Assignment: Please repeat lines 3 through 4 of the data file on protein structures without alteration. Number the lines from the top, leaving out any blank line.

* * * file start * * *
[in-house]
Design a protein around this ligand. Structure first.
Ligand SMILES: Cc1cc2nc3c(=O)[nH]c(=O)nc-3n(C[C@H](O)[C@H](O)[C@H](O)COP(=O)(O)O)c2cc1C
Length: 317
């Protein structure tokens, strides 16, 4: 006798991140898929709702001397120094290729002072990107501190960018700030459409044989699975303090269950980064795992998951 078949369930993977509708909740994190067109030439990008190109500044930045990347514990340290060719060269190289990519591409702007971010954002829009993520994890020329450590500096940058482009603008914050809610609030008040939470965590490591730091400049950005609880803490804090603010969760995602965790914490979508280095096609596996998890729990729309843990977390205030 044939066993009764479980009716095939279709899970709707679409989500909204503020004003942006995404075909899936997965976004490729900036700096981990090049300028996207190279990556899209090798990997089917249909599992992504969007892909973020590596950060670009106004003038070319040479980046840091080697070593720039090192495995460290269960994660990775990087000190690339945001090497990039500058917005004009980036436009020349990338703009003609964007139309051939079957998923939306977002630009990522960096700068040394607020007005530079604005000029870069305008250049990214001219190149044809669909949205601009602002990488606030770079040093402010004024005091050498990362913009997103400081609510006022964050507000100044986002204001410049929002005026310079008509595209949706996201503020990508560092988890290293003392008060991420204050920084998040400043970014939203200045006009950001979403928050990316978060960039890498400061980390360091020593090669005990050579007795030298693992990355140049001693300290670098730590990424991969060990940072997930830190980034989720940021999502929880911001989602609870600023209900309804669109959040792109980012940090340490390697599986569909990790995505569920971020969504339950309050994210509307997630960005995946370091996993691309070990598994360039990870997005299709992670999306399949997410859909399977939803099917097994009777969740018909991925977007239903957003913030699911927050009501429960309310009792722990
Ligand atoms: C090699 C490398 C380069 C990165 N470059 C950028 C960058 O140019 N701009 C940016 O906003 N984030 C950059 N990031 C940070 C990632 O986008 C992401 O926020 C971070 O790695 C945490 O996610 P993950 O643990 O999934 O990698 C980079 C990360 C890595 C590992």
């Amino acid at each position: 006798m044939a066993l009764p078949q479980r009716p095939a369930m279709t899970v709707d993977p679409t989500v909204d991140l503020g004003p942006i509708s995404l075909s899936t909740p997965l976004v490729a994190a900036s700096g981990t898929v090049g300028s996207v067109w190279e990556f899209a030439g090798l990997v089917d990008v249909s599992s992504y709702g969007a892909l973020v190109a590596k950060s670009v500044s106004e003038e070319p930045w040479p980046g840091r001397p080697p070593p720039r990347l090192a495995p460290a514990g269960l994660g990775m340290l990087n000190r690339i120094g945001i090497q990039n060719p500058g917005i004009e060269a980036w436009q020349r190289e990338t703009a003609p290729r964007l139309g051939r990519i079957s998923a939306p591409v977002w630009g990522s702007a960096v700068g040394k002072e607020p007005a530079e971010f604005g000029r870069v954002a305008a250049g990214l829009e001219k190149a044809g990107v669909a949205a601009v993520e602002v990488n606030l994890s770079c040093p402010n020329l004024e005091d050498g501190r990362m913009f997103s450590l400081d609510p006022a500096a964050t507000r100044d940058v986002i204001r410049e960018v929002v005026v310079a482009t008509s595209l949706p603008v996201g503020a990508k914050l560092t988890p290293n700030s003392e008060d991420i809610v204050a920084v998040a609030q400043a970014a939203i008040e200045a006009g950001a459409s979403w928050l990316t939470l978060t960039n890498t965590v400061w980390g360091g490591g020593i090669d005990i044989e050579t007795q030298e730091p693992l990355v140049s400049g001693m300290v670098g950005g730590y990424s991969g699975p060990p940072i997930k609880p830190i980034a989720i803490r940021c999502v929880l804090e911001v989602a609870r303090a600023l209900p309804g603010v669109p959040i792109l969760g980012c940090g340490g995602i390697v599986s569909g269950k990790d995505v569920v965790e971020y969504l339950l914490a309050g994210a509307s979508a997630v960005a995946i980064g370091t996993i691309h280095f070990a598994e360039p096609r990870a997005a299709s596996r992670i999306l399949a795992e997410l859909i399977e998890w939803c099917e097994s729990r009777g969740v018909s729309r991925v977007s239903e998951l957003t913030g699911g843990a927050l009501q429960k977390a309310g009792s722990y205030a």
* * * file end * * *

Ligand SMILES: Cc1cc2nc3c(=O)[nH]c(=O)nc-3n(C[C@H](O)[C@H](O)[C@H](O)COP(=O)(O)O)c2cc1C
Length: 317